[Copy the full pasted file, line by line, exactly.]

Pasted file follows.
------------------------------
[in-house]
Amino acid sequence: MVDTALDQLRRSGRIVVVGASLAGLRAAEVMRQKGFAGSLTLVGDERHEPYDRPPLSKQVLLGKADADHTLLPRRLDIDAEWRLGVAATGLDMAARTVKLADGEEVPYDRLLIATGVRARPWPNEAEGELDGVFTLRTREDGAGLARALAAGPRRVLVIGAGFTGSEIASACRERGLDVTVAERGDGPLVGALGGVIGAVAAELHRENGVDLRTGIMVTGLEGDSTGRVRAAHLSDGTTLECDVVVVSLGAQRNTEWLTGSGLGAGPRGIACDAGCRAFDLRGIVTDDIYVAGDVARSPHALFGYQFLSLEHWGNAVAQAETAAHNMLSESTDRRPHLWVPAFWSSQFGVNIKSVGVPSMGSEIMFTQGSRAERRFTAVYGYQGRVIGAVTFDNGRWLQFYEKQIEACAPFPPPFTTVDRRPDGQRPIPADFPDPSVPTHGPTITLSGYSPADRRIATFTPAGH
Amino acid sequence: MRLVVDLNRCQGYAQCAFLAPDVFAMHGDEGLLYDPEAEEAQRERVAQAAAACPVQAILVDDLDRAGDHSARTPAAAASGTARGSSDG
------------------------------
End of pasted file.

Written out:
[in-house]
Amino acid sequence: MVDTALDQLRRSGRIVVVGASLAGLRAAEVMRQKGFAGSLTLVGDERHEPYDRPPLSKQVLLGKADADHTLLPRRLDIDAEWRLGVAATGLDMAARTVKLADGEEVPYDRLLIATGVRARPWPNEAEGELDGVFTLRTREDGAGLARALAAGPRRVLVIGAGFTGSEIASACRERGLDVTVAERGDGPLVGALGGVIGAVAAELHRENGVDLRTGIMVTGLEGDSTGRVRAAHLSDGTTLECDVVVVSLGAQRNTEWLTGSGLGAGPRGIACDAGCRAFDLRGIVTDDIYVAGDVARSPHALFGYQFLSLEHWGNAVAQAETAAHNMLSESTDRRPHLWVPAFWSSQFGVNIKSVGVPSMGSEIMFTQGSRAERRFTAVYGYQGRVIGAVTFDNGRWLQFYEKQIEACAPFPPPFTTVDRRPDGQRPIPADFPDPSVPTHGPTITLSGYSPADRRIATFTPAGH
Amino acid sequence: MRLVVDLNRCQGYAQCAFLAPDVFAMHGDEGLLYDPEAEEAQRERVAQAAAACPVQAILVDDLDRAGDHSARTPAAAASGTARGSSDG